CLEARWATER — After a flurry of angry calls, city officials have opted to delay a pilot program in the Morningside-Meadows and Countryside neighborhoods to reduce trash collection from twice weekly to once a week.
Originally slated to begin Jan. 1, the roughly 2,500 homes in Morningside and Countryside will continue to enjoy twice weekly trash pickups until the city can educate residents about the reasons behind the switch.
The city plans to blanket the neighborhoods with more informative door hangers and hold public meetings.
"I want us to prepare them in a more effective way," said City Manager Bill Horne.
A first round of door hangers went out before Christmas, but didn't lay out the city's case effectively, Horne said.
"The door hanger didn't provide the rationale for what we want to do," he said.
The hangers did prompt about 20 calls to the city's Solid Waste and General Services Department, said director Earl Gloster.
"That would be considered high. The callers were almost unanimously opposed," Gloster said.
Horne received several calls as well, including one man who was so verbally abusive, the veteran city manager hung up the phone, something he said he's done only two or three times in 15 years.
Most of the callers made the argument that if their service is being cut in half, then their bill should be halved as well.
A St. Augustine consulting firm is performing a new rate study, which should be ready by April. But it's too early to tell whether rates will rise or fall, Gloster said.
City officials say the rationale for scaling back trash collection is that it would save the city and residents money, especially in light of the debut of single-stream recycling in October.
Bigger recycling cans and more items able to be recycled — like cardboard, glass and more types of plastic — have reduced the trash in barrels around the city, according to anecdotal evidence. But the six-month pilot, now scheduled to begin in March, will give city officials the hard data to back up their hunch.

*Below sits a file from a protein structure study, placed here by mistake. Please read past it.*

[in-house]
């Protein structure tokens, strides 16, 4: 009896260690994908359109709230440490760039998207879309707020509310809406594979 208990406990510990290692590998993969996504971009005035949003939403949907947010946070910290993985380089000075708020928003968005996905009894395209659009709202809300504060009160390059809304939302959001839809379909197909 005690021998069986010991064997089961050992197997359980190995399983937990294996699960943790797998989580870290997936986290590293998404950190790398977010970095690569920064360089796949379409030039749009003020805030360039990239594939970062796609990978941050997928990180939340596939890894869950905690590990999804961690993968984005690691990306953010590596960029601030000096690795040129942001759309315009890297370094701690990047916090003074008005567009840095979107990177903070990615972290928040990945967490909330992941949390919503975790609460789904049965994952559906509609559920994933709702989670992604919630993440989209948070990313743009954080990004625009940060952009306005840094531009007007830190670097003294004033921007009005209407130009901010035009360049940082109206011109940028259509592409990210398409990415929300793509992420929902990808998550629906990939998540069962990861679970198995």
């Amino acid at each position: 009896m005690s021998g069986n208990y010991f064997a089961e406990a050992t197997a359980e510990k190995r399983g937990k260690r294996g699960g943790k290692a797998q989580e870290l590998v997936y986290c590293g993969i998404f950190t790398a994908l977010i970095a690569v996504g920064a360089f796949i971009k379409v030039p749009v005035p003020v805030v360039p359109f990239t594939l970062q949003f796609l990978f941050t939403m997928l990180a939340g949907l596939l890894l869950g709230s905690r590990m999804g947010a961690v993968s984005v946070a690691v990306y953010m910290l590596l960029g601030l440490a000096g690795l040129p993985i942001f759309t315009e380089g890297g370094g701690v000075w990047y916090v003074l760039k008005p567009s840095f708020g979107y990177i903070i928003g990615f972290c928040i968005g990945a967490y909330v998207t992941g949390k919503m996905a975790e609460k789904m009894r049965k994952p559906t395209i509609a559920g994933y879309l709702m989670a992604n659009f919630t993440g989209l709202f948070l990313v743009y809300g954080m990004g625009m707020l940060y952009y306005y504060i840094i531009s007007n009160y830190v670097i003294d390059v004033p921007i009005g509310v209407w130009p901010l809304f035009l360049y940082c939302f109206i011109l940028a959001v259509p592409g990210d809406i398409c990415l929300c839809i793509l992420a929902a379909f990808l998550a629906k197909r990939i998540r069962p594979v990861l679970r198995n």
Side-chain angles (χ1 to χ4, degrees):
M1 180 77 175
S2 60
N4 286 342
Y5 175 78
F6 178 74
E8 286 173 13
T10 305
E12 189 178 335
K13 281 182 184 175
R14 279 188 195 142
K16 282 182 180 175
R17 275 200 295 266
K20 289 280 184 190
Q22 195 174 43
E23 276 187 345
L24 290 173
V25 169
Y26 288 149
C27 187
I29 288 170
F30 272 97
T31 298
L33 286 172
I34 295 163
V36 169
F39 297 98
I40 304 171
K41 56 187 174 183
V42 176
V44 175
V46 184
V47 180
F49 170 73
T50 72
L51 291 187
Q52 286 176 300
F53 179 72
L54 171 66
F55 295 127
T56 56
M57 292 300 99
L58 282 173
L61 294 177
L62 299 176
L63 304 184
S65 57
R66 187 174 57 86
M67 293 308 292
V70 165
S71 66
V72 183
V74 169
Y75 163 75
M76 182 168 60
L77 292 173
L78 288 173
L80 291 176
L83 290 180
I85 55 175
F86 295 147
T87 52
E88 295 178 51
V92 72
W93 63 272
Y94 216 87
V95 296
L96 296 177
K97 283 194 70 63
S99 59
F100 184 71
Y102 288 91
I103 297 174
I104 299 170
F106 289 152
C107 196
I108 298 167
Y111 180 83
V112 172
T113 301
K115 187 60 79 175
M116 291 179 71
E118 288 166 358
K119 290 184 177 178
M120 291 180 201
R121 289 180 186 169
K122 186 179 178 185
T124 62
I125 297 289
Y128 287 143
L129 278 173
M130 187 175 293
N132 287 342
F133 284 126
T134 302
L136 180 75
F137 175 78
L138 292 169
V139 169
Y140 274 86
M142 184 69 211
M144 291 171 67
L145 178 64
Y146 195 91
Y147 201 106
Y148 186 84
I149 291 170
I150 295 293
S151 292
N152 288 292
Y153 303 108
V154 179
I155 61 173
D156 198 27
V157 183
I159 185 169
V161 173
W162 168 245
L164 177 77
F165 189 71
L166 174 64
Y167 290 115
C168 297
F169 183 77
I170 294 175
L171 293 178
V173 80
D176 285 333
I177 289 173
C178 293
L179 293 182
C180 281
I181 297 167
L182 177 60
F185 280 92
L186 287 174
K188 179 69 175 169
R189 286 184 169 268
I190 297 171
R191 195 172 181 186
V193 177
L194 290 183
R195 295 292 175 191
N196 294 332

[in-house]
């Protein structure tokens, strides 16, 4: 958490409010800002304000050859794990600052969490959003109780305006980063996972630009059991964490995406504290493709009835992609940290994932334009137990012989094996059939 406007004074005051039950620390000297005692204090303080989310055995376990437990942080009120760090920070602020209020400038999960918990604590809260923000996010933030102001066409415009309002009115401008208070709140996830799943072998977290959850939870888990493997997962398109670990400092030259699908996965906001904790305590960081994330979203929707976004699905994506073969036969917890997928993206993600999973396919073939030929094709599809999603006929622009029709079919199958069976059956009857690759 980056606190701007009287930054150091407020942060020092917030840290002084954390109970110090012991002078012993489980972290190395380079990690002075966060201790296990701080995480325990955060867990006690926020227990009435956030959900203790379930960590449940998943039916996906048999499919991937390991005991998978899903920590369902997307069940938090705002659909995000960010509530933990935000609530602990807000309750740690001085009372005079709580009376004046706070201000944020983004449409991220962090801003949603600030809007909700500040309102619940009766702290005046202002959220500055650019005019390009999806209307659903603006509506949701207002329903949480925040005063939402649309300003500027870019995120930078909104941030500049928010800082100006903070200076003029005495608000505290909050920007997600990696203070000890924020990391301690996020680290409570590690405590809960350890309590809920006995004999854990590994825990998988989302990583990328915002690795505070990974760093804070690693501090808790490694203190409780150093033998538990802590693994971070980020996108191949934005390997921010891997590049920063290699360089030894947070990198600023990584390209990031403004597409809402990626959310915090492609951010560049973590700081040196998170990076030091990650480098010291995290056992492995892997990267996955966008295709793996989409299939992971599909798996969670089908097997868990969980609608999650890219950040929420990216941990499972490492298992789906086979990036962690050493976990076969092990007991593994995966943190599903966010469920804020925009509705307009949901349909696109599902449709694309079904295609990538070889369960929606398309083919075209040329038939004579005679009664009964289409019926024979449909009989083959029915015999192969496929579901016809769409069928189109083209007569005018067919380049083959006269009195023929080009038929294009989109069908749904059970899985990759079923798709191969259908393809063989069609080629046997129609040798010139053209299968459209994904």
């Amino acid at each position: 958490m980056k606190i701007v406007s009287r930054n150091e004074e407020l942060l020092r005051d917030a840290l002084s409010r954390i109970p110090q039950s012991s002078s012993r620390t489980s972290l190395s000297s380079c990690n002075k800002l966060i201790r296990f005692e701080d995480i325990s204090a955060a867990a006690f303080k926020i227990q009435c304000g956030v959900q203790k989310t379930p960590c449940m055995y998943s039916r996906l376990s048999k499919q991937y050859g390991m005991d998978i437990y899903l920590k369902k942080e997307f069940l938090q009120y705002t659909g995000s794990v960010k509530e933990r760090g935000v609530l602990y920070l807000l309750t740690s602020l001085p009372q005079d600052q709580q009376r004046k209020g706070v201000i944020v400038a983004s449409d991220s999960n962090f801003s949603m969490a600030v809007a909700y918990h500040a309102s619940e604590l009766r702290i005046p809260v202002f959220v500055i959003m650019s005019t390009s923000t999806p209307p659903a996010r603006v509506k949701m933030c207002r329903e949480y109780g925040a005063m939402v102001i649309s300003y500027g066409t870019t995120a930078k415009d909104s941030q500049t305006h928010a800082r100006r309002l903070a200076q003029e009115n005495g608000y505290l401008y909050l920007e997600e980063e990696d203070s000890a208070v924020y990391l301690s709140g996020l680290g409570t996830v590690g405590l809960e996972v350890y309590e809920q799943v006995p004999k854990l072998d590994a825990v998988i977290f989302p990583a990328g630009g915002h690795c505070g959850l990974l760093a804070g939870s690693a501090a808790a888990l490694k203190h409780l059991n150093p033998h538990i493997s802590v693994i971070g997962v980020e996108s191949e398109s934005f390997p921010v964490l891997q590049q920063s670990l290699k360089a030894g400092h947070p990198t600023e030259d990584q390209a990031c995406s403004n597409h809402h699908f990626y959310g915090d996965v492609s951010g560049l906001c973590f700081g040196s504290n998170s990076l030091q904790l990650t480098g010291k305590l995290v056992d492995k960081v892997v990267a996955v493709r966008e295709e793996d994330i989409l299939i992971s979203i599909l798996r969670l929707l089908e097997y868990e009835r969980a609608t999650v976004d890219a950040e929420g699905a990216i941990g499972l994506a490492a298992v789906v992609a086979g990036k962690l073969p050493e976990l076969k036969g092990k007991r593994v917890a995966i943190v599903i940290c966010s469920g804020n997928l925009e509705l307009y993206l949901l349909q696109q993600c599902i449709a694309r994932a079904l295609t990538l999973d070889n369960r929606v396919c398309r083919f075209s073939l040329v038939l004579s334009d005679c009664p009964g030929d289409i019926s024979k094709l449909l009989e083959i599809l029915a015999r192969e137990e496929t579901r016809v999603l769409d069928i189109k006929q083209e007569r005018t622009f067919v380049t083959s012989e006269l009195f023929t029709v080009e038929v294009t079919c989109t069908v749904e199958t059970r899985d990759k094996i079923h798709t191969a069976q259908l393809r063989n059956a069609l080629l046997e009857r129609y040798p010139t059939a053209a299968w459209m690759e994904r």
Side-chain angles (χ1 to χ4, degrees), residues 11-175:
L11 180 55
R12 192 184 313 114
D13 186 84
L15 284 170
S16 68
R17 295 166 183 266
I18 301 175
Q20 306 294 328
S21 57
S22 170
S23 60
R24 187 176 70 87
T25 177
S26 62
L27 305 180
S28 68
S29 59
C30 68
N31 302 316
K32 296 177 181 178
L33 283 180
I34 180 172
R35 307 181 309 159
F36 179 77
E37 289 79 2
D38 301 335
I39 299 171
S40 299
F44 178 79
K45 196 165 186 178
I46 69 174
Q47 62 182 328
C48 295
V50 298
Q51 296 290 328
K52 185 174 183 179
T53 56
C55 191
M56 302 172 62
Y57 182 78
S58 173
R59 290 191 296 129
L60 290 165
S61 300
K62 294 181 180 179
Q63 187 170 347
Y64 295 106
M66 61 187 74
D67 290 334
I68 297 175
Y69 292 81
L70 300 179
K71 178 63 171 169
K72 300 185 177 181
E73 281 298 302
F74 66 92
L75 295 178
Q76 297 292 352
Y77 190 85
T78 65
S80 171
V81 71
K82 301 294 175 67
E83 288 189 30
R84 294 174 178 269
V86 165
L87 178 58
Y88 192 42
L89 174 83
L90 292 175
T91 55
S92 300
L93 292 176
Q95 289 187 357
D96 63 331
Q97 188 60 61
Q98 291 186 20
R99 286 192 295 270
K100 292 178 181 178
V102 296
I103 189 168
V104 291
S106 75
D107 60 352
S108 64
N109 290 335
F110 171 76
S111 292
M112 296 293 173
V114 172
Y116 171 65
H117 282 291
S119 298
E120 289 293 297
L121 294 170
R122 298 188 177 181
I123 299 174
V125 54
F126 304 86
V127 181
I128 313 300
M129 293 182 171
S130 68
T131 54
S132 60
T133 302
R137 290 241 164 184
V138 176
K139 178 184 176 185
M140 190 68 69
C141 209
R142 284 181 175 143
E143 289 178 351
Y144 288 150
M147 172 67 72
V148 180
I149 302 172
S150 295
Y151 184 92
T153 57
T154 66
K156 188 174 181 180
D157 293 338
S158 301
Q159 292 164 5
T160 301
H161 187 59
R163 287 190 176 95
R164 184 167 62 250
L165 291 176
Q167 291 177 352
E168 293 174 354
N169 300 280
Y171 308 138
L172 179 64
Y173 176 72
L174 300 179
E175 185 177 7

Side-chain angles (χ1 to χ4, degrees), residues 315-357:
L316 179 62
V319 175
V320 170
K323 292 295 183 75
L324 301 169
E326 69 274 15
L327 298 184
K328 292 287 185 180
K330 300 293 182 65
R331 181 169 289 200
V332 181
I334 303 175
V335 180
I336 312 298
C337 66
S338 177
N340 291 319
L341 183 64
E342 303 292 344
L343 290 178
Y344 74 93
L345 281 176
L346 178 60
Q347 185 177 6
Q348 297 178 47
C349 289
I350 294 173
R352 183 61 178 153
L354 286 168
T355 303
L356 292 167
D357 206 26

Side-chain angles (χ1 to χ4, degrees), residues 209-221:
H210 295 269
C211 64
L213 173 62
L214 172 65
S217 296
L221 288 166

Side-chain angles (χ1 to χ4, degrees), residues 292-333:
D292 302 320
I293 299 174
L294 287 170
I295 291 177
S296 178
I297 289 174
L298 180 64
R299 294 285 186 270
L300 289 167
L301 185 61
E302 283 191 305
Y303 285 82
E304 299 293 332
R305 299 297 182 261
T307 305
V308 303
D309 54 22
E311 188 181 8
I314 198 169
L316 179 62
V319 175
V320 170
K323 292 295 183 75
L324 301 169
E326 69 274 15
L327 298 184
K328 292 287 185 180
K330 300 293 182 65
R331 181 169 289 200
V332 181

If all goes well, once-a-week collection could spread citywide if the City Council approves it.
But the pilot program isn't a soft launch of an already-decided plan, Horne said.
"We've not made the decision to go to once a week. That's the whole purpose of the pilot," Horne said.
Sarasota, Safety Harbor and Key West have made the switch, but Clearwater would likely be the largest city in the state to adopt the change, Gloster said.
No estimates have been made yet about how much the move would save the city, although less fuel, labor and wear and tear on garbage trucks would suggest some savings.
City Council member Doreen Hock-DiPolito said the city should emphasize the "green" aspects of reducing collections. And she's willing to take the political blowback for being the first of Tampa Bay's large cities to scale back.
"Sometimes change depends on who wants to get their hand wet first," she said. "I believe the department has done a fine job. They've done their homework and I trust that."
Public meetings will be held in both neighborhoods after the holidays. Homeowners associations in both Countryside and Morningside have already been briefed, but not everyone attends those meetings, Horne said. The city will also send out another round of more detailed door hangers.
"This is a significant change," he said.
Charlie Frago can be reached at email@example.com or (727) 445-4159. You can follow him on Twitter @CharlieFrago.